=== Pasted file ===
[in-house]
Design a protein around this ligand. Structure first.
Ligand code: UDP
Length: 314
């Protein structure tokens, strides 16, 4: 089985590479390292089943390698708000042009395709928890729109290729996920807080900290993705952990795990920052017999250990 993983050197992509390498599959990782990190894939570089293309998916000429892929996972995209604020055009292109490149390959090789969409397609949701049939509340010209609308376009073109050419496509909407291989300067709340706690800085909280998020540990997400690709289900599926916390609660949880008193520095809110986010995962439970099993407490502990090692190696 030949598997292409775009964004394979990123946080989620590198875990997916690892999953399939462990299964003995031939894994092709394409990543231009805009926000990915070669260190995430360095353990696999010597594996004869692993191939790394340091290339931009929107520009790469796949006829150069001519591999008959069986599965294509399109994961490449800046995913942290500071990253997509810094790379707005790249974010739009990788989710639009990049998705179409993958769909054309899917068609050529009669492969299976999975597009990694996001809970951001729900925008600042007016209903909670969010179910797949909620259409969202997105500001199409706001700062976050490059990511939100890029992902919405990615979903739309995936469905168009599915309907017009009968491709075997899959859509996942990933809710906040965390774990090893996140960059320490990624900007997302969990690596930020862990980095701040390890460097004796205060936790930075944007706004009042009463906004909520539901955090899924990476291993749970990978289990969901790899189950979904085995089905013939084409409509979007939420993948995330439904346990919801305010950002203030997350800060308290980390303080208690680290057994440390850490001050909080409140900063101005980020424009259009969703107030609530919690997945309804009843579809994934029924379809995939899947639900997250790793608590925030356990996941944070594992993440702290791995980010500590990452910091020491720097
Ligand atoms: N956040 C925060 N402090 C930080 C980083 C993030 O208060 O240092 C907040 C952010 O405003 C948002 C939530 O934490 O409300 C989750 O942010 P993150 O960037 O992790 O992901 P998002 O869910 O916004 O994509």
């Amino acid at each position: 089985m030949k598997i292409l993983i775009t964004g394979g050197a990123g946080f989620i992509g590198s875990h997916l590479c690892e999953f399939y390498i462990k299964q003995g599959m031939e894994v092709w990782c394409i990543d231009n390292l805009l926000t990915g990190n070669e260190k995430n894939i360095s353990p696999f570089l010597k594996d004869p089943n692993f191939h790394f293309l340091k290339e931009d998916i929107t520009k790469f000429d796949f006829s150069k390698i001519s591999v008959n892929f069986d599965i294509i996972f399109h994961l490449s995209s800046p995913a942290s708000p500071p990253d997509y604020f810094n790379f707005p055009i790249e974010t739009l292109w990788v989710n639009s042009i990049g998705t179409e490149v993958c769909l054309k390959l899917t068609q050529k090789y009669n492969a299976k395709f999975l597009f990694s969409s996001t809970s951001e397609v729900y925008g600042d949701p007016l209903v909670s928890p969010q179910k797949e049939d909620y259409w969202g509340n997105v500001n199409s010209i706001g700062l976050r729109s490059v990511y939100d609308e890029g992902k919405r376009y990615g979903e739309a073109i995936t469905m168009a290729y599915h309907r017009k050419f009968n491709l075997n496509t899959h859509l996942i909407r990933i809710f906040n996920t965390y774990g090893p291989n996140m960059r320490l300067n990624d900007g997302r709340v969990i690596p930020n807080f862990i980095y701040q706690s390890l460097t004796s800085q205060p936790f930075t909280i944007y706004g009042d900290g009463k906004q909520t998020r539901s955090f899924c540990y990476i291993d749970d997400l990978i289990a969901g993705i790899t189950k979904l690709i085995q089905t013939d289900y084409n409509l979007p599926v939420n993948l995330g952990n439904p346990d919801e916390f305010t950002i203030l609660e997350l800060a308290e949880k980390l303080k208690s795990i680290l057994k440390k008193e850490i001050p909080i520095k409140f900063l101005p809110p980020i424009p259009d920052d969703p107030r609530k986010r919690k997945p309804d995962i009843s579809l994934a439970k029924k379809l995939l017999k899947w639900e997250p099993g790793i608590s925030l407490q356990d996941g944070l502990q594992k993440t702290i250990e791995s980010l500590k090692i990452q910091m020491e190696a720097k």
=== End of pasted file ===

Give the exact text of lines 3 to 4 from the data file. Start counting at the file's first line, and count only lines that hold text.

Ligand code: UDP
Length: 314